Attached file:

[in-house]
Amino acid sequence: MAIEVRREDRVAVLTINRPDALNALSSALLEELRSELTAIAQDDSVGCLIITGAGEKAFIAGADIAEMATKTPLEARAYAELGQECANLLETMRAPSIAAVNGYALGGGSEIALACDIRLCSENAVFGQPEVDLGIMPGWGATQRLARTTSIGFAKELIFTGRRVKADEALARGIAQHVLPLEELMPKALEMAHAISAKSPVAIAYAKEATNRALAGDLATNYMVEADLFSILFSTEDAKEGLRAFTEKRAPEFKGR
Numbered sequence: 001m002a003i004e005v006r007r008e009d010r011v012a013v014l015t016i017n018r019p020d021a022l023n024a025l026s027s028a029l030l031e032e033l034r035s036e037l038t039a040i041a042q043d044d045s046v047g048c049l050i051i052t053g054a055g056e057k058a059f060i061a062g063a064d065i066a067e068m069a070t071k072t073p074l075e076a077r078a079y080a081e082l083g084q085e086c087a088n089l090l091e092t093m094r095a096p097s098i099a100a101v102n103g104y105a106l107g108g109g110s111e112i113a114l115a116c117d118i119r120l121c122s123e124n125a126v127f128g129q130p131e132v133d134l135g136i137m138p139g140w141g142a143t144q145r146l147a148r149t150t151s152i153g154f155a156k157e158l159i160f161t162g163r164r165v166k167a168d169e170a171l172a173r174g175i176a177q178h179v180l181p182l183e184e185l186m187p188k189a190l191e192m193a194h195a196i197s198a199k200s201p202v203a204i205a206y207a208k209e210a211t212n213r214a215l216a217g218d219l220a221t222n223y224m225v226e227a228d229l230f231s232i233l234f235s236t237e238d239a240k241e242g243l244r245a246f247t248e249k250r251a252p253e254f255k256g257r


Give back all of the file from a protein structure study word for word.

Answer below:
[in-house]
Amino acid sequence: MAIEVRREDRVAVLTINRPDALNALSSALLEELRSELTAIAQDDSVGCLIITGAGEKAFIAGADIAEMATKTPLEARAYAELGQECANLLETMRAPSIAAVNGYALGGGSEIALACDIRLCSENAVFGQPEVDLGIMPGWGATQRLARTTSIGFAKELIFTGRRVKADEALARGIAQHVLPLEELMPKALEMAHAISAKSPVAIAYAKEATNRALAGDLATNYMVEADLFSILFSTEDAKEGLRAFTEKRAPEFKGR
Numbered sequence: 001m002a003i004e005v006r007r008e009d010r011v012a013v014l015t016i017n018r019p020d021a022l023n024a025l026s027s028a029l030l031e032e033l034r035s036e037l038t039a040i041a042q043d044d045s046v047g048c049l050i051i052t053g054a055g056e057k058a059f060i061a062g063a064d065i066a067e068m069a070t071k072t073p074l075e076a077r078a079y080a081e082l083g084q085e086c087a088n089l090l091e092t093m094r095a096p097s098i099a100a101v102n103g104y105a106l107g108g109g110s111e112i113a114l115a116c117d118i119r120l121c122s123e124n125a126v127f128g129q130p131e132v133d134l135g136i137m138p139g140w141g142a143t144q145r146l147a148r149t150t151s152i153g154f155a156k157e158l159i160f161t162g163r164r165v166k167a168d169e170a171l172a173r174g175i176a177q178h179v180l181p182l183e184e185l186m187p188k189a190l191e192m193a194h195a196i197s198a199k200s201p202v203a204i205a206y207a208k209e210a211t212n213r214a215l216a217g218d219l220a221t222n223y224m225v226e227a228d229l230f231s232i233l234f235s236t237e238d239a240k241e242g243l244r245a246f247t248e249k250r251a252p253e254f255k256g257r